The Gulf and Indian Ocean Hotel Investors’ Summit (GIOHIS) 2018 taking place in Abu Dhabi’s Viceroy Yas Island hotel on January 29 to 30 has an impressive line-up of topics and speakers. The two-day event will bring together industry leaders and experts deliberating on topical issues, the art of selling in a weak market for example, controlling costs, debt and managing acquisitions, luxury products and their comparisons in terms of ROI, to that one question that everybody is thinking but scared to ask: is Dubai in danger of overbuilt? It will be a great place to emerge enlightened, informed and better placed to navigate the deep sea of hospitality opportunities.
I am pleased to inform our dear readers here that the GIOHIS 2018 summit has put an emerging topic on top of the table to set the summit in motion. A topic that I have been following for a while now: the impact of halal travel and where the market is headed.
Based on a report by Thomson Reuters, the global market for halal food and lifestyle sector including travel, fashion, media and recreation, pharmaceuticals and cosmetics was valued at $1.8 trillion in 2014. This is estimated to increase up to $2.6 trillion by 2020.
According to Amadeus, halal tourism numbers are expected to hit 150 million in traveller volume and collective spend is estimated to be $200 billion by 2020. In 2014, this number was $145 billion.
Halal tourism numbers are expected to hit 150 million in traveller volume and collective spend is estimated to be $200 billion by 2020. In 2014, this number was $145 billion
Another study, commissioned by the Government of Dubai and produced by Thomson Reuters in collaboration with DinarStandard says that halal tourism market represents 11.6 per cent of global tourism expenditure – excluding Hajj and Umrah – and is expected to be worth $238 billion by 2019.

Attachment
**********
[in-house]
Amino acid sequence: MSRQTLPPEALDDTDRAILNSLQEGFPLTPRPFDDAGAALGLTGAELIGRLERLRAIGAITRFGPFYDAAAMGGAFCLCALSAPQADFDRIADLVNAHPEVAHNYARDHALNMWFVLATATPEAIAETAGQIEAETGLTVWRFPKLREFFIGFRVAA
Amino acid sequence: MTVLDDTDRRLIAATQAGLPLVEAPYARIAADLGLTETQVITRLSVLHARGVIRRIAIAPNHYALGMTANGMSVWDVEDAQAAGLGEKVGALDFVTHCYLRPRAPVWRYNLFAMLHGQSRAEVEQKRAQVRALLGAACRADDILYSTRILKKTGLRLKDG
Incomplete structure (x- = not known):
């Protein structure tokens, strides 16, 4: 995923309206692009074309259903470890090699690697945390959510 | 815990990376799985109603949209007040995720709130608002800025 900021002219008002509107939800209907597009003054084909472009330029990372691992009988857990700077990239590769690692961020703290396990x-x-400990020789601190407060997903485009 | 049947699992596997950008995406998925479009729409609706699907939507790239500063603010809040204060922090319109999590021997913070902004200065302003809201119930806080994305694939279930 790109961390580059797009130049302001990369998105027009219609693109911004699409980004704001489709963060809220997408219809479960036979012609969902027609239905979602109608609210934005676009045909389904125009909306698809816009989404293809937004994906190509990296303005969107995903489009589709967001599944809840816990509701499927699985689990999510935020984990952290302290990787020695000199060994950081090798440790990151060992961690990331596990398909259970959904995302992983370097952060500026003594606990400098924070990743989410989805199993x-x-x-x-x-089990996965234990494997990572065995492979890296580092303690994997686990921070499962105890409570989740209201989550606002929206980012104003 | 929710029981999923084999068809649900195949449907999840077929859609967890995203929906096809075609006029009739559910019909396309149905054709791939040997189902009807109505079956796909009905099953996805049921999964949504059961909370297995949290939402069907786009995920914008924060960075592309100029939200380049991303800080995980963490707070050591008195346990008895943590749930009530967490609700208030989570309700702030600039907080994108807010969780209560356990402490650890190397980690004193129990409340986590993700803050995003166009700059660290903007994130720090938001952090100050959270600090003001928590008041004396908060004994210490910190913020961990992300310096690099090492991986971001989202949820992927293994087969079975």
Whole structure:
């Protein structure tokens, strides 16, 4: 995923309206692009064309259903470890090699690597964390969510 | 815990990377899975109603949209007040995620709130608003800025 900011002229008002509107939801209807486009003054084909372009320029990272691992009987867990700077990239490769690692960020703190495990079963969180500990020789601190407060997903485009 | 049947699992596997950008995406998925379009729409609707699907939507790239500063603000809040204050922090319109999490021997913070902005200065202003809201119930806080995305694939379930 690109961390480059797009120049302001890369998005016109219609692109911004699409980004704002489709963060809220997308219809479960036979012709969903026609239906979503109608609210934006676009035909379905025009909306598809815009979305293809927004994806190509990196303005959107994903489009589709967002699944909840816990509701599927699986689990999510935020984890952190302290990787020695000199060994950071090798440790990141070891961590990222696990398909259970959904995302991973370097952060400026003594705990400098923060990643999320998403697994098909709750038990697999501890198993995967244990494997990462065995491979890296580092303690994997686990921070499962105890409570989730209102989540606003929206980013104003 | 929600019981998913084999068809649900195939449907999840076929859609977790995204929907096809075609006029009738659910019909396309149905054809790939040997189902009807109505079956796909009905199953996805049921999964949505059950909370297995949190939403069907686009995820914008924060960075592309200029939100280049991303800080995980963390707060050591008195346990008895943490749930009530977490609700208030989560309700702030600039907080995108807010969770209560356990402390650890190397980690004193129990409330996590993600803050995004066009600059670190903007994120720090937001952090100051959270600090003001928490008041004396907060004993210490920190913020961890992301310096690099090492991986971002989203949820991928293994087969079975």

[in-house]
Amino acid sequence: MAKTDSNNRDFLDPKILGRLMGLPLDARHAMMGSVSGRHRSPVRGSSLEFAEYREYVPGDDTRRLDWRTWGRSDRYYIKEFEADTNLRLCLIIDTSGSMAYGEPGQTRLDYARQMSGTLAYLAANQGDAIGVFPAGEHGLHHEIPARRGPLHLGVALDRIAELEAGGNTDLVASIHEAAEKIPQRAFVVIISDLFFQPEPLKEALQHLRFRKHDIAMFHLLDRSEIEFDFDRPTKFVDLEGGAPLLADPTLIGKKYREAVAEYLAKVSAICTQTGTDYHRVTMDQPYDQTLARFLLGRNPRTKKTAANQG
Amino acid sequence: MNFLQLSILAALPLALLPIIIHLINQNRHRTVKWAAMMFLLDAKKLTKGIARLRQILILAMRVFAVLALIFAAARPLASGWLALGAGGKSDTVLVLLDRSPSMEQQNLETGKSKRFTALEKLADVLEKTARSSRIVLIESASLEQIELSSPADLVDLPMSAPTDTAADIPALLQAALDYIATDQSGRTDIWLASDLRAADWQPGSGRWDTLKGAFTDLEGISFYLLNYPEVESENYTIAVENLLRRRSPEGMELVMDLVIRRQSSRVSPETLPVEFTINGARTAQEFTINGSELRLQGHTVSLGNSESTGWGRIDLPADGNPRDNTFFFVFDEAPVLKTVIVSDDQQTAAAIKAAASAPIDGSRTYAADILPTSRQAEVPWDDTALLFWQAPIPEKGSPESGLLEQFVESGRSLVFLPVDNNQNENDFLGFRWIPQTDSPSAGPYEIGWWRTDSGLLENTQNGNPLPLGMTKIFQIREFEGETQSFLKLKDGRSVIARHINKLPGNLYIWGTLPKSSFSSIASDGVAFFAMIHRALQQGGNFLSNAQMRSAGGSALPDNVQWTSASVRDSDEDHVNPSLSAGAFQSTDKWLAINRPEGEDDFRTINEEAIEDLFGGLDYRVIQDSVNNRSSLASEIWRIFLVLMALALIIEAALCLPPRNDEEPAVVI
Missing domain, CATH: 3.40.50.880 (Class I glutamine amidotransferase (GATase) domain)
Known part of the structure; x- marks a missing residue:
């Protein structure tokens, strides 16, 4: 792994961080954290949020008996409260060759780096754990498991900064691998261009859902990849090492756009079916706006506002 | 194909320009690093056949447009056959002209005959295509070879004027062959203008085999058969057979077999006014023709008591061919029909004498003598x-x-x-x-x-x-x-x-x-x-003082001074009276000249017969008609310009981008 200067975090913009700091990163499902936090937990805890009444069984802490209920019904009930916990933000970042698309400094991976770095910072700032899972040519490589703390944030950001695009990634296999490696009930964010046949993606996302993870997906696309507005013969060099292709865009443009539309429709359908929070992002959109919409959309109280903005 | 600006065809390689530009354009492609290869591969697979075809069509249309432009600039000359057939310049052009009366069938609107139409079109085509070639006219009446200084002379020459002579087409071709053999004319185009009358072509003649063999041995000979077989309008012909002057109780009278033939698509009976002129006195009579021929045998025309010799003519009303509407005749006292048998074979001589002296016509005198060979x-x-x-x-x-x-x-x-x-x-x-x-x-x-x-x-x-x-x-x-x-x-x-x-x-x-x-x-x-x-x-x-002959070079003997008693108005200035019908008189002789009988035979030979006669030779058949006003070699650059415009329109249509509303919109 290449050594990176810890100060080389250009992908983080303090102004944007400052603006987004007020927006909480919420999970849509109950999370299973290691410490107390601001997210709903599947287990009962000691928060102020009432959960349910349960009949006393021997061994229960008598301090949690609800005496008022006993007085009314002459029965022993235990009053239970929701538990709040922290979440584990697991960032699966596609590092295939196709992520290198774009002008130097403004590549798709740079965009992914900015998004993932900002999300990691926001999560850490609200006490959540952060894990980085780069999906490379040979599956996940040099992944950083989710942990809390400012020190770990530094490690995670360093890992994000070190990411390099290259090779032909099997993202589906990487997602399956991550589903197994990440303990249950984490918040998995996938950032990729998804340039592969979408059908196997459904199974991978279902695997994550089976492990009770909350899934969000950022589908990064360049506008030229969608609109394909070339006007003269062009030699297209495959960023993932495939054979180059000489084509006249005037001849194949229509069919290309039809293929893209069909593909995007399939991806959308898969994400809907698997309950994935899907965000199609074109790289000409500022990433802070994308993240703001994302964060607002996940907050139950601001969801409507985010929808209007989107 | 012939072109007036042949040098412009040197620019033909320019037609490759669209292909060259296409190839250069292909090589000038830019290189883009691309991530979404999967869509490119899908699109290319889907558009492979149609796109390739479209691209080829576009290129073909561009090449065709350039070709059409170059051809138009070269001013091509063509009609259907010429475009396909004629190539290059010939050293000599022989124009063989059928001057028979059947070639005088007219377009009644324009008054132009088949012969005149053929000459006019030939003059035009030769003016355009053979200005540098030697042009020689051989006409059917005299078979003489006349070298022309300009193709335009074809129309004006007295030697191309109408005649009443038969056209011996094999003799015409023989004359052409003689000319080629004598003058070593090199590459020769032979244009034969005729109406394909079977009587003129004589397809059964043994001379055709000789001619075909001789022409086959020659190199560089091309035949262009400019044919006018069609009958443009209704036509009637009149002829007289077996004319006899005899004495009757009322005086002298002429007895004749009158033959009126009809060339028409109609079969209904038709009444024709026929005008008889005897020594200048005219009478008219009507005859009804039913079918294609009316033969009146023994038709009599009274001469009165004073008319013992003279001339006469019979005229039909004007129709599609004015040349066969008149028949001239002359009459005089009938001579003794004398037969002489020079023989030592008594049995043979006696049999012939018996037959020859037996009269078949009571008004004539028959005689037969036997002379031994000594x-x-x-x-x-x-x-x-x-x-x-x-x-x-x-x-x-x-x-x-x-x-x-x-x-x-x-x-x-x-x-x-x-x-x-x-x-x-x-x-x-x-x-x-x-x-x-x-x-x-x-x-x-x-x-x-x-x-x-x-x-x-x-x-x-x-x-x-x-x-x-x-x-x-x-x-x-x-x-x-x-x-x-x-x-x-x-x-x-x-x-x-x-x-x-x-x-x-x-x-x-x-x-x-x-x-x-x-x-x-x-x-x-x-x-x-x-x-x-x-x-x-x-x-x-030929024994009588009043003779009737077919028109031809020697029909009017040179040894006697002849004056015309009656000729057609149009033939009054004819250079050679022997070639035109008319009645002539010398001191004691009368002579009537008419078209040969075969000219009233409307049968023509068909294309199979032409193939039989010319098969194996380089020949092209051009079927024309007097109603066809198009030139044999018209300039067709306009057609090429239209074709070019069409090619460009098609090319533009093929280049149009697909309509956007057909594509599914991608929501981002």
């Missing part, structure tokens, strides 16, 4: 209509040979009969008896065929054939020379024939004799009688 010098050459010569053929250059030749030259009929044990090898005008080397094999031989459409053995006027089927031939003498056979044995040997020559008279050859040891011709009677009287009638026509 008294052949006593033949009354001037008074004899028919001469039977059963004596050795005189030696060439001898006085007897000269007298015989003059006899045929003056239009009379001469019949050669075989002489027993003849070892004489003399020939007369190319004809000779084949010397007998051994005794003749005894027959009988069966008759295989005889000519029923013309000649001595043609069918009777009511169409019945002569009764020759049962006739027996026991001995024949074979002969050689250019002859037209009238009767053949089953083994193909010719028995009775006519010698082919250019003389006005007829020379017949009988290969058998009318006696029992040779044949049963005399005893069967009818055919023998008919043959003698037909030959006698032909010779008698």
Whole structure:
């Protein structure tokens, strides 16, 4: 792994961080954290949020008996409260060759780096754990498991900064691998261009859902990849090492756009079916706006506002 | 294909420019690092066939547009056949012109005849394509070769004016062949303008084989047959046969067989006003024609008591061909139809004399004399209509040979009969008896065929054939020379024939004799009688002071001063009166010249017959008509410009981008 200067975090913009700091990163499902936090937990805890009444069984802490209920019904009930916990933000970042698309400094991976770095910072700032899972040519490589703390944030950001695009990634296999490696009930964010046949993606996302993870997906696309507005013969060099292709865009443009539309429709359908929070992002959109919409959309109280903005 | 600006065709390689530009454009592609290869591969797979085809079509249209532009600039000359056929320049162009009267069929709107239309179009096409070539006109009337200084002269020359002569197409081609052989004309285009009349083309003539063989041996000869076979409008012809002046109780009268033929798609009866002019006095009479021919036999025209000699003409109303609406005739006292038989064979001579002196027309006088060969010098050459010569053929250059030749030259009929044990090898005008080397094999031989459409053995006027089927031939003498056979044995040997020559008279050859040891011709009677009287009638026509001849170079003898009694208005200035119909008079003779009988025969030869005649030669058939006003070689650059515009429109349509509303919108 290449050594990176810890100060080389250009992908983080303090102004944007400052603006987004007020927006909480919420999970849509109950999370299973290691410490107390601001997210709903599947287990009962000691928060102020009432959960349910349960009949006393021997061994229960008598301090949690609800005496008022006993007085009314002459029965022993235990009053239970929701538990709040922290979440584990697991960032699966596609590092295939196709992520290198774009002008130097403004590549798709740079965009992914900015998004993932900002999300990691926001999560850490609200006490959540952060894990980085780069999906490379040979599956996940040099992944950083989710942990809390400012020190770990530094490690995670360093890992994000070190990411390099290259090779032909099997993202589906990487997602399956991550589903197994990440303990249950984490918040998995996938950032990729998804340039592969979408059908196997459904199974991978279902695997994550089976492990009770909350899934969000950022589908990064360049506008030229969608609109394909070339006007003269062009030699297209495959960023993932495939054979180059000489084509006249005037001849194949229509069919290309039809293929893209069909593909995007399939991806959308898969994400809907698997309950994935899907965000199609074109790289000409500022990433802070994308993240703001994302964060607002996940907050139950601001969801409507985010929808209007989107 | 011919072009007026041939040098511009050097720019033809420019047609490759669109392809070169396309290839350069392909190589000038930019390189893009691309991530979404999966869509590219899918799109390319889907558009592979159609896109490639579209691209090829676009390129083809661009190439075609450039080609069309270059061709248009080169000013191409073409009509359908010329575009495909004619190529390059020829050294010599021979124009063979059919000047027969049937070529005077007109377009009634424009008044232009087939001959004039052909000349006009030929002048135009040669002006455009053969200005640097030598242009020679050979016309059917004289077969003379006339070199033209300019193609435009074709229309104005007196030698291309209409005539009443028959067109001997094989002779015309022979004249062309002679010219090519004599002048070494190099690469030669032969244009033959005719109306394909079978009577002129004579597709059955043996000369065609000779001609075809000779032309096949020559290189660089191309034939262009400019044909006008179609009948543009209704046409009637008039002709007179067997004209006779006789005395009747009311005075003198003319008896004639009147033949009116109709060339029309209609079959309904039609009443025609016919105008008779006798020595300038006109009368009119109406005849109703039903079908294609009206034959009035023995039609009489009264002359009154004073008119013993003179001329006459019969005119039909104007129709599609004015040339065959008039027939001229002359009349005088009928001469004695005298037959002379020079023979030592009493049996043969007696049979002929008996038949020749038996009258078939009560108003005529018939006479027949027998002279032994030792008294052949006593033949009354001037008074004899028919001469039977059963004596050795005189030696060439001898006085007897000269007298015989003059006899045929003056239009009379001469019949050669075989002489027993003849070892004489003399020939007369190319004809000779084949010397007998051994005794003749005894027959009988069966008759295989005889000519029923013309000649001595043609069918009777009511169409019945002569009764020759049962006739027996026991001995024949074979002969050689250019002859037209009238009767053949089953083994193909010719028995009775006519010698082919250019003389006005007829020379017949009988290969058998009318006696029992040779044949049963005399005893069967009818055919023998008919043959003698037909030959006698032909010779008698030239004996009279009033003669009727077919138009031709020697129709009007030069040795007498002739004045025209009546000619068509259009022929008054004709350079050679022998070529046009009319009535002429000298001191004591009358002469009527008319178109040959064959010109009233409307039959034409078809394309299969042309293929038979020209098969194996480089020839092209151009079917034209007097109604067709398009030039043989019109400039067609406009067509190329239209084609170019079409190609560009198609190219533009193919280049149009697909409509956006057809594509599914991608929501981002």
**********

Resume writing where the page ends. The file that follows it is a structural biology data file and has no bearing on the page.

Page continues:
The numbers from various other sources, such as MasterCard and Crescent Rating’s Global Muslim Travel Index 2016, also show that the halal travel industry will be in the region of $200 billion in the next five years.
In 2017, along with Reed Exhibitors, we brought together an interesting cross-section of industry insiders to deliberate on the importance of halal and how its values may be integrated within the hospitality sector to benefit guests and customers. The roundtable saw passionate presentation of opinions and insights from global hotel owners and operators showcasing the relevance of halal tourism to the wider market, not just the Middle East.
Some of the key learnings that I intend to build on at the opening session of GIOHIS 2018 summit are: The evolution of, clarity and consensus around the term ‘halal’, it is not a secret that the term needs an industry standard definition that meets the demands of the varied mix of halal travellers. More than 70 per cent of my research base believes that this is the most important part of halal travel, wherein we need to agree around a set of standard principles that can be universally applied.
The potential of halal tourism is among the biggest positive triggers in the region’s tourism market. Couple that with Saudi Arabia’s liberalisation and softening of regulations, we will see a spike in numbers both inbound and outbound across the region starting this year. More than 90 per cent of my research subjects believe there’s a big gap that is yet to be tapped when it comes to promoting halal travel and tourism.
There was an overriding consensus that halal travel – excluding Hajj and Umrah – will indeed reach $200 billion in the next five years. These are numbers that cannot be ignored. I would like to know from my panel, Enver Cebi, co-founder of halalBooking.com and Nehme Darwiche, founder of the Jannah hotel brand and one of the leading hoteliers in the region, how they see the trends in halal evolve.
What are the implications for young travellers when it comes to halal offering, how brands are innovating around the dual concepts of digitisation of services while aligning to the values preferred by halal travellers? Do the needs of halal travellers change and evolve over time? Are halal travellers a homogenous group of people? Globally, about 22 per cent consumers are halal customers – yet how many hotels or restaurants put an H on their menus to mark halal food?
Originally published on www.ttnworldwide.com